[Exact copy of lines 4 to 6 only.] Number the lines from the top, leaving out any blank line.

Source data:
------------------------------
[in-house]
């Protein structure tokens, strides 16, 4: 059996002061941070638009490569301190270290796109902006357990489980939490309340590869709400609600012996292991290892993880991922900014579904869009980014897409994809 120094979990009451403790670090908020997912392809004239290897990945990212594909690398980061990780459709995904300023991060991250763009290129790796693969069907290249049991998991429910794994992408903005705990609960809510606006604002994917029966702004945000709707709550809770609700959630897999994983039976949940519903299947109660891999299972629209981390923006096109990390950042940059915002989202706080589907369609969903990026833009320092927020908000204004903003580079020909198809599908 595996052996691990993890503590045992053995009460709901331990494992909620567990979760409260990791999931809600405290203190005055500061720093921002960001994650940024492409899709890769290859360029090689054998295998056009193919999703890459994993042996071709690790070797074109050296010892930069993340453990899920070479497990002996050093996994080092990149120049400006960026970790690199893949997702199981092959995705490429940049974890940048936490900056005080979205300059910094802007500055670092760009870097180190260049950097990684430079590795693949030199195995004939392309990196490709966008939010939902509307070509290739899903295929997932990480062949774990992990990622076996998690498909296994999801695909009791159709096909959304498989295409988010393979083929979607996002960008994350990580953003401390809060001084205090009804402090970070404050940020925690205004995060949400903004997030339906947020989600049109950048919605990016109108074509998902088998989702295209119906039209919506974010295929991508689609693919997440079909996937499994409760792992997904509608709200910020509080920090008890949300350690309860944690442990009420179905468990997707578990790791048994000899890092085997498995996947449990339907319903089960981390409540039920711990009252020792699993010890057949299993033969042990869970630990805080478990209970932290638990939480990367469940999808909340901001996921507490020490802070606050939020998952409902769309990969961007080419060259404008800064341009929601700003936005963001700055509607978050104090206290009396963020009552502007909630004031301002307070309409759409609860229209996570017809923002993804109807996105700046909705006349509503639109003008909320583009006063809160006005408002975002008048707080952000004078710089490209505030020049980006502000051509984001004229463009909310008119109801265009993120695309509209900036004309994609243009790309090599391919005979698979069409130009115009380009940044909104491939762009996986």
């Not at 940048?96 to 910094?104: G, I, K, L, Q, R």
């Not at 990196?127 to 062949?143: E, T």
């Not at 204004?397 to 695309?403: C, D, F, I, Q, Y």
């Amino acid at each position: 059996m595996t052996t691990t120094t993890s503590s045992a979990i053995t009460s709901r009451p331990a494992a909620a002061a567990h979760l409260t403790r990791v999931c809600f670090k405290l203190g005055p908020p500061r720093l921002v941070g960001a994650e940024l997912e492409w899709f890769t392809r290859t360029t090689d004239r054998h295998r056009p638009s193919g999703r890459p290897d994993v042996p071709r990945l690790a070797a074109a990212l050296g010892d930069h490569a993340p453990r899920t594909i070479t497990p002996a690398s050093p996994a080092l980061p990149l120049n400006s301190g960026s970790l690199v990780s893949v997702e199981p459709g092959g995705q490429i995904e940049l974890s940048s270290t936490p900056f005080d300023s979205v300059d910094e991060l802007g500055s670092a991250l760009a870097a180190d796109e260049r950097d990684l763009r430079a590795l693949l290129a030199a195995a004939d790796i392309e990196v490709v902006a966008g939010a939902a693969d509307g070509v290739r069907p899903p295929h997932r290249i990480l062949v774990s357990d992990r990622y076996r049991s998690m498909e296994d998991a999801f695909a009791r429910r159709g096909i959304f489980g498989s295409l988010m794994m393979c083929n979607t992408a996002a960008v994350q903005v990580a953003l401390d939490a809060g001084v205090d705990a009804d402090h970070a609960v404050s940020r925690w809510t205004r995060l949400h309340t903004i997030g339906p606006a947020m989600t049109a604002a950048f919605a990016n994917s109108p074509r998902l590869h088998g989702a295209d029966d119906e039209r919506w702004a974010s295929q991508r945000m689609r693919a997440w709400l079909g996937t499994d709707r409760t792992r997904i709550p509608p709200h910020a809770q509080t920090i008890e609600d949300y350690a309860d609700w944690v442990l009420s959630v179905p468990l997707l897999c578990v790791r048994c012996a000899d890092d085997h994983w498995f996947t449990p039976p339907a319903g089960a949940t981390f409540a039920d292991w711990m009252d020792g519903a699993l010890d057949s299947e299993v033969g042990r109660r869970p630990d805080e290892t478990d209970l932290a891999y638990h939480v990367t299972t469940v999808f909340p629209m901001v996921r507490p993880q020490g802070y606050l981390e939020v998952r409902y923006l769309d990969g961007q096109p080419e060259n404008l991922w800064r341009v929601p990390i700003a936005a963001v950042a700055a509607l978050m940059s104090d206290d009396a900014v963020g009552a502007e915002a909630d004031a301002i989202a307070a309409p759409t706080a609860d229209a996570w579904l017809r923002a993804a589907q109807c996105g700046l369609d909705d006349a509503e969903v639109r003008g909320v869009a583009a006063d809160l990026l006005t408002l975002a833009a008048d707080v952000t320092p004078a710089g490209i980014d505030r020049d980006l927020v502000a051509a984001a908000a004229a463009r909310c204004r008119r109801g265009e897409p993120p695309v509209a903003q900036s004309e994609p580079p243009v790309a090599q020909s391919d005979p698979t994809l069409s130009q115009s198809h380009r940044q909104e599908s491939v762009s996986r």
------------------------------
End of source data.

């Not at 990196?127 to 062949?143: E, T």
């Not at 204004?397 to 695309?403: C, D, F, I, Q, Y």
């Amino acid at each position: 059996m595996t052996t691990t120094t993890s503590s045992a979990i053995t009460s709901r009451p331990a494992a909620a002061a567990h979760l409260t403790r990791v999931c809600f670090k405290l203190g005055p908020p500061r720093l921002v941070g960001a994650e940024l997912e492409w899709f890769t392809r290859t360029t090689d004239r054998h295998r056009p638009s193919g999703r890459p290897d994993v042996p071709r990945l690790a070797a074109a990212l050296g010892d930069h490569a993340p453990r899920t594909i070479t497990p002996a690398s050093p996994a080092l980061p990149l120049n400006s301190g960026s970790l690199v990780s893949v997702e199981p459709g092959g995705q490429i995904e940049l974890s940048s270290t936490p900056f005080d300023s979205v300059d910094e991060l802007g500055s670092a991250l760009a870097a180190d796109e260049r950097d990684l763009r430079a590795l693949l290129a030199a195995a004939d790796i392309e990196v490709v902006a966008g939010a939902a693969d509307g070509v290739r069907p899903p295929h997932r290249i990480l062949v774990s357990d992990r990622y076996r049991s998690m498909e296994d998991a999801f695909a009791r429910r159709g096909i959304f489980g498989s295409l988010m794994m393979c083929n979607t992408a996002a960008v994350q903005v990580a953003l401390d939490a809060g001084v205090d705990a009804d402090h970070a609960v404050s940020r925690w809510t205004r995060l949400h309340t903004i997030g339906p606006a947020m989600t049109a604002a950048f919605a990016n994917s109108p074509r998902l590869h088998g989702a295209d029966d119906e039209r919506w702004a974010s295929q991508r945000m689609r693919a997440w709400l079909g996937t499994d709707r409760t792992r997904i709550p509608p709200h910020a809770q509080t920090i008890e609600d949300y350690a309860d609700w944690v442990l009420s959630v179905p468990l997707l897999c578990v790791r048994c012996a000899d890092d085997h994983w498995f996947t449990p039976p339907a319903g089960a949940t981390f409540a039920d292991w711990m009252d020792g519903a699993l010890d057949s299947e299993v033969g042990r109660r869970p630990d805080e290892t478990d209970l932290a891999y638990h939480v990367t299972t469940v999808f909340p629209m901001v996921r507490p993880q020490g802070y606050l981390e939020v998952r409902y923006l769309d990969g961007q096109p080419e060259n404008l991922w800064r341009v929601p990390i700003a936005a963001v950042a700055a509607l978050m940059s104090d206290d009396a900014v963020g009552a502007e915002a909630d004031a301002i989202a307070a309409p759409t706080a609860d229209a996570w579904l017809r923002a993804a589907q109807c996105g700046l369609d909705d006349a509503e969903v639109r003008g909320v869009a583009a006063d809160l990026l006005t408002l975002a833009a008048d707080v952000t320092p004078a710089g490209i980014d505030r020049d980006l927020v502000a051509a984001a908000a004229a463009r909310c204004r008119r109801g265009e897409p993120p695309v509209a903003q900036s004309e994609p580079p243009v790309a090599q020909s391919d005979p698979t994809l069409s130009q115009s198809h380009r940044q909104e599908s491939v762009s996986r």